Councillor Shepherd spoke as the Ward Councillor for the Scartho Ward. He asked the committee to refuse the application. Councillor Shepherd said that the plans which had been submitted were not realistic as to what was on the ground. He said that in the plans submitted, they show a parking area to the side of bungalow which does not exist and there is a fence across it. Councillor Shepherd said that Side Lane was being used to access the premises and the drop kerb access that the Highways Department had recommended had not been put in. He stated that he had provided photos to the committee which showed the volume of vehicles that are parking on Louth Road. Councillor Shepherd said that Louth Road was very busy, and people were parking on the footpath. He said that people were also parking down Side Lane as well which was causing difficulty to residents. Councillor Shepherd said that there is insufficient parking on the site, and he recommended that the applicant consults with the public. Councillor Shepherd asked committee members to refuse the application.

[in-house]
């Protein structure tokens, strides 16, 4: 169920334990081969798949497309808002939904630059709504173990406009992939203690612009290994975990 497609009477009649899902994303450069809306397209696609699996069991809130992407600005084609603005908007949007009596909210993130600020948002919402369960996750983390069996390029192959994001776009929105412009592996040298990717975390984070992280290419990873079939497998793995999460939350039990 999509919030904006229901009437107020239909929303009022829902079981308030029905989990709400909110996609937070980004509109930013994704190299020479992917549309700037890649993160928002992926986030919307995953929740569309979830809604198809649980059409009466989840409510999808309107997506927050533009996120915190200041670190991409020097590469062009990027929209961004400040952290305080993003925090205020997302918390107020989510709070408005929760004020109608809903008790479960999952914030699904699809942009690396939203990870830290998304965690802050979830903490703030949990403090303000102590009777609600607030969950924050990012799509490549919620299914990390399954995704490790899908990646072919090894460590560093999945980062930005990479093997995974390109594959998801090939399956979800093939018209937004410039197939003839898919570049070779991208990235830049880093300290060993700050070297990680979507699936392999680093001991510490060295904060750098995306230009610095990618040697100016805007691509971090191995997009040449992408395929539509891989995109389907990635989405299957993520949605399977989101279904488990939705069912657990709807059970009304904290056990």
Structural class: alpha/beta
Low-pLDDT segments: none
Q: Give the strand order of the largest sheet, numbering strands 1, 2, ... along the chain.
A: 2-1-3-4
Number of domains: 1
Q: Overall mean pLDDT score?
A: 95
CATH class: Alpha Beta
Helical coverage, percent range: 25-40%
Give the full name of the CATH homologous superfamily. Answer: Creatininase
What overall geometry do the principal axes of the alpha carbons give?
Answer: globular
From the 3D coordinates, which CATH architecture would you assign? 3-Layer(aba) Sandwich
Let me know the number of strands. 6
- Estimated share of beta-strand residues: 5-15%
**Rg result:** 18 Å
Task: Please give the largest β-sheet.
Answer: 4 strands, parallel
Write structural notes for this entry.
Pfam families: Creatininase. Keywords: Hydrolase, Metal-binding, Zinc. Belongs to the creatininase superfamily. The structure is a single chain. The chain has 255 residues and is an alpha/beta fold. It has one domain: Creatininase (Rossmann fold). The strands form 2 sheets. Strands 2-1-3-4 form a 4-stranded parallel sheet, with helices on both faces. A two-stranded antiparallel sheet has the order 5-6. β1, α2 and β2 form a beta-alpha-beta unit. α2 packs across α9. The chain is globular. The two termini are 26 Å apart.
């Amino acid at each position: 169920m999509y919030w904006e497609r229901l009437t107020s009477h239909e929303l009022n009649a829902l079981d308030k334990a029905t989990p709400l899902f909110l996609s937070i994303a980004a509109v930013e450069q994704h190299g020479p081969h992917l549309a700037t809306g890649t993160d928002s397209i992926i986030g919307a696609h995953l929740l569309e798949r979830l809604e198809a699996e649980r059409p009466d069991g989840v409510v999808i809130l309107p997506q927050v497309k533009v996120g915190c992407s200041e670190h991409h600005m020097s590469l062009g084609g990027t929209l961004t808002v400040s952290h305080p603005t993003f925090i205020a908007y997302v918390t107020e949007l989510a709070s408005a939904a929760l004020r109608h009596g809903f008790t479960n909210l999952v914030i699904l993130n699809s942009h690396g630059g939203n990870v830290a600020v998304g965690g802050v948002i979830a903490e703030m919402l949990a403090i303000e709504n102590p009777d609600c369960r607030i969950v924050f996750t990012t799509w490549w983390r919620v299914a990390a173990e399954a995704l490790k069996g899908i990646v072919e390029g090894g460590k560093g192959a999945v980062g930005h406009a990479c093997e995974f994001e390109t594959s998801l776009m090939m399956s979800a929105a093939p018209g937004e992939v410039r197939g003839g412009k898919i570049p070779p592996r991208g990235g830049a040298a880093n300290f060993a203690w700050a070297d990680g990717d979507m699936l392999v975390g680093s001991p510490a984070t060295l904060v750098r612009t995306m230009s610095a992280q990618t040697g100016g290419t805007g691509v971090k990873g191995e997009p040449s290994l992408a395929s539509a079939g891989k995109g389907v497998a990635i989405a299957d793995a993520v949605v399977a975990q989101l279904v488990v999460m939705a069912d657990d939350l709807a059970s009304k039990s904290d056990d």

Councillor Hudson said that he did not understand why people would be parking on the road as shown in the photos in the supplementary. He said that he was not sure that they were necessarily visiting the applicant’s house as there was space in the applicant’s driveway to park. Councillor Hudson said that he understood the financial constraints with opening up onto Louth Road.  

Councillor Goodwin said that the photos that had been submitted showing cars parked on the roadside, might not have been the vehicles of people visiting the applicant. She said that there were lots of beauticians who worked from home so did not understand why the applicant could not do the same thing. Councillor Goodwin stated that there was lots of more room on the applicant’s driveway now. She proposed that the application be approved.